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Critical Analysis of the Concept of Strict and Absolute Liability.

- Deoswaroop Gupta


Strict Liability through the eyes of the victims of Bhopal Gas Tragedy




Abstract: The notion of Strict and Absolute Liability has been a major principle in Tort law. The growth of this law in the Commonwealth countries has been slow, but fascinating. When it started, the English Legal System was haphazard in the manner and the judgements were provided on case-to case basis. But later, the English Judiciary introduced the laws, which later came to be known as legal precedents. These Precedents are now an integral essence of the English Common Law system. Tort law in India is also based on Common Law. Some of the laws have been localized to meet the requirement of the Indian Judiciary System. The Concept of Strict Liability developed in the classic case of Rylands v Fletcher, in 1868, while the Principle of Absolute Liability was provided by the Supreme Court of India in the landmark case of M.C. Mehta vs Union of India. In this paper, we will study both these principles of strict liability concerning both cases. The paper will also try to critically analyse the principle of Strict Liability and study the reasons for the need to evolve the concept of Absolute Liability.


Keywords: Strict, Absolute, Common Law, Tort Law.


Introduction:

Tort is defined as a unjust act or violation of a legal right which leads to culpability to which civil courts provide compensation in the form of damages. A Tort is a “conduct which is not straight or lawful, but on the other hand, twisted, crooked or unlawful”[1] The law of Torts in India is built on the Common Law which is uncodified and is based on the principles of justice, equity, and good conscience. In India, the tort law was modified and has departed, when there was a need to develop on it so that the Courts could apply it in the Indian sense. There are important principles in torts such as trespass, defamation, vicarious liability, strict and absolute liability.Strict Liability has its origins in nuisance, but it differs from it because it deals with ‘escape and not interference. A simple example for no-fault liability is the owner of a tiger captivation centre, even if the tiger cages are of the best quality possible, the owner is liable if an animal escapes and causes damage and injury. Another example is a contractor hiring a demolition, Insufficient insurance by the subcontractor if he commits a mistake, the contractor is generally liable for the damage incurred. It was introduced in the famous case of Rylands v. Fletcher[2]. This landmark judgement was provided in the Blackburn principle of Strict Liability. In the Court of Exchequer, Blackburn laid the rule for cases such as this one, which was later allowed by the Court in this case itself.[3] Later on, the Indian Courts developed a new type of No-Fault Liability in the case of MC Mehta vs Union of India[4]. This was a much-appreciated judgement that has led to the introduction of “Absolute Liability.” The judgement for the 5-judge bench was written by the CJI of India Mr.PN Bhagwati, who is considered as one of the biggest contributors to the progressive jurisprudence of our country.[5]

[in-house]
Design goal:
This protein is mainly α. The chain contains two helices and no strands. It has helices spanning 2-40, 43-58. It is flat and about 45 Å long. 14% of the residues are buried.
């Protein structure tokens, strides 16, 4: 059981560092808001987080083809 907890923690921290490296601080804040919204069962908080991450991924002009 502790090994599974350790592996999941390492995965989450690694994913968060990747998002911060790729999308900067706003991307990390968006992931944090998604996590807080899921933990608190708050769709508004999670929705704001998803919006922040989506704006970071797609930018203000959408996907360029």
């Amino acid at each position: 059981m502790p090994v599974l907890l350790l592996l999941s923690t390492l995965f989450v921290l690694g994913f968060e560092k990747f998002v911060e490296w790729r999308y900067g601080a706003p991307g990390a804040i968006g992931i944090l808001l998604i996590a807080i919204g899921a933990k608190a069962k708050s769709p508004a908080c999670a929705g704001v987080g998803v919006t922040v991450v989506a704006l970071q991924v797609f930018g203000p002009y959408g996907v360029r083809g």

Principle of Strict Liability:

The Principle of Strict Liability as we know got created through the landmark judgement of “Rylands v Fletcher”. This was the fundamental case in establishing the modern doctrine of Strict Liability. In this case, the defendants had hired an engineer and a contractor for the purpose of the construction of a pond to provide water to the factory with the authorization of the neighbouring plot’s keeper. When digging the land to build the pond, the labourers came across useless mine shaft, that were filled with mud but failed to tell the defendants and proceeded to build the reservoir. The reservoir was half filled with water, and it went all the way through to the adjoining land near the plaintiff's mines and caused damage. [6] Here Blackburn J. explained the rule which was to be applied in cases such as this one:

“The person who, for his own purposes, brings on his land, and collects and keeps there anything likely to do mischief if it escapes, must keep it in at his peril, and, if he does not do so, he is prima facie responsible for all the damage which is the natural consequence of its escape. He can excuse himself by showing that the escape was owing to the plaintiff’s default, or, perhaps, that the escape was the consequence of vis major, or the Act of God.”[7]